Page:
Inside look at how Royal Caribbean manages IT on cruise ships
Royal Caribbean offered an inside look at how they use software to manage their fleet of cruise ships to CIO.com. It's always interesting to see how Royal Caribbean manages to perform its daily operations given how many thousands of passengers it has to accomodate.
The case example begins with Allure of the Seas, where Royal Caribbean director of software engineering Jose Machado and IT manager James Defendis offered a tour of the ship's IT resources.
Royal Caribbean provides the software to run the hotel, from reservations to guest relations to point-of-sale software at the shops. In addition, Royal Caribbean provides Internet for guests, email for employees and, as well as software to count the number of checked-out towels at the pool.
As an example of how Royal Caribbean develops its technology quickly, the 32" wayfinder LCD screens throughout the ship are developed using emerging Linux touchscreen technologies. To get this product to their ships quickly, Royal Caribbean essentially "rents" expertise to accelerate the development process. The applications that will never be seen by guests, on the other hand, including staff email, the reservation system or the towel check-out, have a lower priority, he says. They need to function, and the cost of maintaining them needs to be stay lower than the cost of a rewrite.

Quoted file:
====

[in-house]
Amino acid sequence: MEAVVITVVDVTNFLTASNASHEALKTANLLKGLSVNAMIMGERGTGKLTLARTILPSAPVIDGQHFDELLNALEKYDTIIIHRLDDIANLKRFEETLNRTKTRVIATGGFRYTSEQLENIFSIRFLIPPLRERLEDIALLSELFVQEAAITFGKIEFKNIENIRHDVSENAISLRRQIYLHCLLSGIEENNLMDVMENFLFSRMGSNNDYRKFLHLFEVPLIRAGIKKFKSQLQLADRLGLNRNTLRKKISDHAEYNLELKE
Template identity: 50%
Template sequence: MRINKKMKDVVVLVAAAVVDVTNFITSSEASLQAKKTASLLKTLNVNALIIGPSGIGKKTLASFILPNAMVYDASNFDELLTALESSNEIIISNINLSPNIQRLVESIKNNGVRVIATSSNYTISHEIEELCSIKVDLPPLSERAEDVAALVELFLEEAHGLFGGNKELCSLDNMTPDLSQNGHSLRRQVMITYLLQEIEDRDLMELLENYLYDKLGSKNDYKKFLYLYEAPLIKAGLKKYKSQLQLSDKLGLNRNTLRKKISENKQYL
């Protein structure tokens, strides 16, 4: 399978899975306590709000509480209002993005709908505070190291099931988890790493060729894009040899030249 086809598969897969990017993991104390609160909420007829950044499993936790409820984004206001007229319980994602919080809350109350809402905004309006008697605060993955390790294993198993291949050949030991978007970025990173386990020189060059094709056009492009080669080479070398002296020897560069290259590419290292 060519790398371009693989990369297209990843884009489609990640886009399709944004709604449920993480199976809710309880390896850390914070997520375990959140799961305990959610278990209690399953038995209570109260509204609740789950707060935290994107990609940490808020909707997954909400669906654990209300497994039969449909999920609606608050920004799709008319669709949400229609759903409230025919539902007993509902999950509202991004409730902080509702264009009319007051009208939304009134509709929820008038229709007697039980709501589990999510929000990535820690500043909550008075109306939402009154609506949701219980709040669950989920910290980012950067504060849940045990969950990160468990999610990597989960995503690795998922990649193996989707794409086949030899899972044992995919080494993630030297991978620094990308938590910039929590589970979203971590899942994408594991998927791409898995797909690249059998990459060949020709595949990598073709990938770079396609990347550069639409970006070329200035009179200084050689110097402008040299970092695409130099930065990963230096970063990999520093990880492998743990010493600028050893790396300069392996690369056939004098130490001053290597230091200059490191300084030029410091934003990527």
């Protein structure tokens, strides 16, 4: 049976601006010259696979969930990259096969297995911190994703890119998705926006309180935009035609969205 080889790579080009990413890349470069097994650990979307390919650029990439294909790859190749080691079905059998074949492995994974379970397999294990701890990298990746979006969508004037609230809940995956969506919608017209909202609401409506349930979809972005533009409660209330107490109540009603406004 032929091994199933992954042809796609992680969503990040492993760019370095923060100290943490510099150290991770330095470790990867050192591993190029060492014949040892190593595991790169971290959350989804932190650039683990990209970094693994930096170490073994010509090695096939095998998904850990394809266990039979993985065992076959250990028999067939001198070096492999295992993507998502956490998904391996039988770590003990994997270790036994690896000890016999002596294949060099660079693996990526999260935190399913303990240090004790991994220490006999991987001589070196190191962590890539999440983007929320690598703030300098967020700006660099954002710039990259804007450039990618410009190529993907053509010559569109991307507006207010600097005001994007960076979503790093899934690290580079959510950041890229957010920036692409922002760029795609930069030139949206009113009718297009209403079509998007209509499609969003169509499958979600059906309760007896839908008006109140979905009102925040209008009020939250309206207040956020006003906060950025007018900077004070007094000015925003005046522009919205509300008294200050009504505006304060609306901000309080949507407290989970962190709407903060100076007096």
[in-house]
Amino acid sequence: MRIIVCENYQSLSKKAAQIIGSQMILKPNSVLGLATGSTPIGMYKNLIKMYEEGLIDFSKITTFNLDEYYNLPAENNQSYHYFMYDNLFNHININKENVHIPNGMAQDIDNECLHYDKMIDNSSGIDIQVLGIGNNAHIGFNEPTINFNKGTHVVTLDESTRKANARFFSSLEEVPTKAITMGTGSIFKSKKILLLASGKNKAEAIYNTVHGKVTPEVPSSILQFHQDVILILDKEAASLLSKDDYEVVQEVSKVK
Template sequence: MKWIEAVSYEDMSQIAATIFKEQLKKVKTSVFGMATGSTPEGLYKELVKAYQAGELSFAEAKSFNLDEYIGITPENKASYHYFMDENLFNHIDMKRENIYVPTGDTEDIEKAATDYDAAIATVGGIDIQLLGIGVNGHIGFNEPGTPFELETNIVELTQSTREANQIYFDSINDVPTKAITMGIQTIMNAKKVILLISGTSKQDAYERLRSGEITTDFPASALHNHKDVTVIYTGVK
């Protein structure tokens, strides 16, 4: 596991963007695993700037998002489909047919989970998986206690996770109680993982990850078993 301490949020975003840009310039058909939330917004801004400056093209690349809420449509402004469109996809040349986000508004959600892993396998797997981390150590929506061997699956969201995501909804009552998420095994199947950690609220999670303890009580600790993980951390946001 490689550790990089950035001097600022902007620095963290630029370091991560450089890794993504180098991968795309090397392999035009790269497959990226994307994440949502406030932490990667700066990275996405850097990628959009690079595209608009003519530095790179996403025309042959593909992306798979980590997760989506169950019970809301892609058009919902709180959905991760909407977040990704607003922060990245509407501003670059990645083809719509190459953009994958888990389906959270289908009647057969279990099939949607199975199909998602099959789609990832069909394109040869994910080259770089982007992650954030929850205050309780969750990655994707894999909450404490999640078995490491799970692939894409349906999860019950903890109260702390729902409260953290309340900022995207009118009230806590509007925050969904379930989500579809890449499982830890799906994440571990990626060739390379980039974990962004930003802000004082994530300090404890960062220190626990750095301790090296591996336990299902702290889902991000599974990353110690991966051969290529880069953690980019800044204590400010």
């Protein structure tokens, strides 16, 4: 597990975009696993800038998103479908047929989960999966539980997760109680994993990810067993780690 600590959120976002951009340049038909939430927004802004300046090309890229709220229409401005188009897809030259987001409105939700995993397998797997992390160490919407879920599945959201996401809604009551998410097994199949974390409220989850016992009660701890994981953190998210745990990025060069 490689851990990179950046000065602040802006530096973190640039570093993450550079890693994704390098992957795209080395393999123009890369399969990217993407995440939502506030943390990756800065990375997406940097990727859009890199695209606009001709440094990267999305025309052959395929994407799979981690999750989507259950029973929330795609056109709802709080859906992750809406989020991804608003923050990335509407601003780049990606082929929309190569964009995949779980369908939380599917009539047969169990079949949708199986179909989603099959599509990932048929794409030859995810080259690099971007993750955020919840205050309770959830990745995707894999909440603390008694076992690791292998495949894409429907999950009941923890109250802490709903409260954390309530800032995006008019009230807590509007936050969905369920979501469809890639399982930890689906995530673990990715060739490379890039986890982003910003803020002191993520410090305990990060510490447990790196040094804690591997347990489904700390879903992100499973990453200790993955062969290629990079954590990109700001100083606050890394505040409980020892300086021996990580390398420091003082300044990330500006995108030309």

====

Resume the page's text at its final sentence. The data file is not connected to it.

Royal Caribbean has deployed iPads to every suite onboard Allure of the Seas as well as Oasis of the Seas. Challenges with having iPads work the way the company want popped up immediately.
Beatriz Rivero, the project's program manager, describes operational challenges such as testing streaming video on multiple devices on a floor running simultaneously. (To address this, Royal added routers and reserved extra bandwidth.) The devices also have cameras, which pose a privacy risk: Next week's guests seeing last week's guests personal photos. Royal deals with this by treating an iPad like a pair of bed sheets—each device is replaced with a fresh one and wiped. Meanwhile, the technology group is working with vendors to lock down local-save features.